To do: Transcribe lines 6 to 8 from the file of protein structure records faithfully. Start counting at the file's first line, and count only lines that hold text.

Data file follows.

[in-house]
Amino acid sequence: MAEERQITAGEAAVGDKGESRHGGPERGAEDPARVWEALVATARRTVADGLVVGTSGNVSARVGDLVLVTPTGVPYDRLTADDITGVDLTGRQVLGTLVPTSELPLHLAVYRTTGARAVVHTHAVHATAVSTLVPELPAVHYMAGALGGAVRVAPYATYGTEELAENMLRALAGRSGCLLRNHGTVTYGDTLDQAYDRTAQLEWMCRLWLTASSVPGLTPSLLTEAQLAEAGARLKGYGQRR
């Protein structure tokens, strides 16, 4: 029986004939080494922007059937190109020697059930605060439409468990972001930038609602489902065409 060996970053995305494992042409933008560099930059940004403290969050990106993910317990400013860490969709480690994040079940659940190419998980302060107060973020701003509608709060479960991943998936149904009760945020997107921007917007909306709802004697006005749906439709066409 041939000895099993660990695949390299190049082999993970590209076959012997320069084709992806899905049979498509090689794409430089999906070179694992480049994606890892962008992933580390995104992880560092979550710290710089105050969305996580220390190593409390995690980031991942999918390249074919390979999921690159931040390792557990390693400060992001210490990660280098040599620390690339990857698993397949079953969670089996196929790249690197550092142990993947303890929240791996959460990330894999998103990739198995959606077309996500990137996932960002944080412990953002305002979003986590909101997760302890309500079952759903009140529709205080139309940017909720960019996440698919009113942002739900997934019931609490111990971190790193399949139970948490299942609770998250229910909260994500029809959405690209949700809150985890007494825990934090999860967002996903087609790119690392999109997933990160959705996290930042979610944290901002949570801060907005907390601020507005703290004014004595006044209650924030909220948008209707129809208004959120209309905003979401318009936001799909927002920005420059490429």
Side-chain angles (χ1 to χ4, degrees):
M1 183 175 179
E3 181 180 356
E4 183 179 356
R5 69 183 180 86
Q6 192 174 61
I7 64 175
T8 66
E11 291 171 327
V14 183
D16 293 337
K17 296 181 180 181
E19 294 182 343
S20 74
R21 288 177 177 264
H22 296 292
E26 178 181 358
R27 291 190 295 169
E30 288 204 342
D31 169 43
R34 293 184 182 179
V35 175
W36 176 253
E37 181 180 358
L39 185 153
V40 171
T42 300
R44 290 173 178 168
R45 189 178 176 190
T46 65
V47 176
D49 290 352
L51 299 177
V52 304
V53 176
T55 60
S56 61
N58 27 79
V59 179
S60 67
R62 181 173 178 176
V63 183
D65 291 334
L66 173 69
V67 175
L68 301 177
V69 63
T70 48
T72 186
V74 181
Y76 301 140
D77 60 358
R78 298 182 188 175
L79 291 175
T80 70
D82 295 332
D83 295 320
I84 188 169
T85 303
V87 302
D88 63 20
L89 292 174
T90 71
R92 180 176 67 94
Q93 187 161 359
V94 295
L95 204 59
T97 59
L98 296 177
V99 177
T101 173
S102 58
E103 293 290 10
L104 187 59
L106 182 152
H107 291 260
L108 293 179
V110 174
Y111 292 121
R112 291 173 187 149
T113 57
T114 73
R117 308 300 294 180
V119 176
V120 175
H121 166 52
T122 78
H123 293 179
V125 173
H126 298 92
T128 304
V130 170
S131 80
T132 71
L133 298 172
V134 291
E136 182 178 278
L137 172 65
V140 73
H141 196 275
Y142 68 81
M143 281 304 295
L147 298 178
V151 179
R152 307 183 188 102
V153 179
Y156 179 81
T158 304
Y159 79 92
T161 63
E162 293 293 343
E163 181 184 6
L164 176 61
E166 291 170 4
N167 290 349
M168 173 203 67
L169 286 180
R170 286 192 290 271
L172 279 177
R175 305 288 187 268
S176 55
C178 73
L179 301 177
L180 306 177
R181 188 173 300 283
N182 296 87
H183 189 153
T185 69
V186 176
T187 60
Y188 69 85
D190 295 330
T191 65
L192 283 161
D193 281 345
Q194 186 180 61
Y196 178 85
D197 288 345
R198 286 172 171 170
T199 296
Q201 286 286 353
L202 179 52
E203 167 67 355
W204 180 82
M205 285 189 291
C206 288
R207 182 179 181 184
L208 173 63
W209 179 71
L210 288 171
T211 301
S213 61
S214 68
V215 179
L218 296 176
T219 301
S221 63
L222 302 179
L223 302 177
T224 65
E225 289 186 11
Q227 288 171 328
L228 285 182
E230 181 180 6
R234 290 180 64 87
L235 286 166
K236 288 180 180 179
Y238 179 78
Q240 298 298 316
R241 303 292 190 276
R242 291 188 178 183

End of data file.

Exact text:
E3 181 180 356
E4 183 179 356
R5 69 183 180 86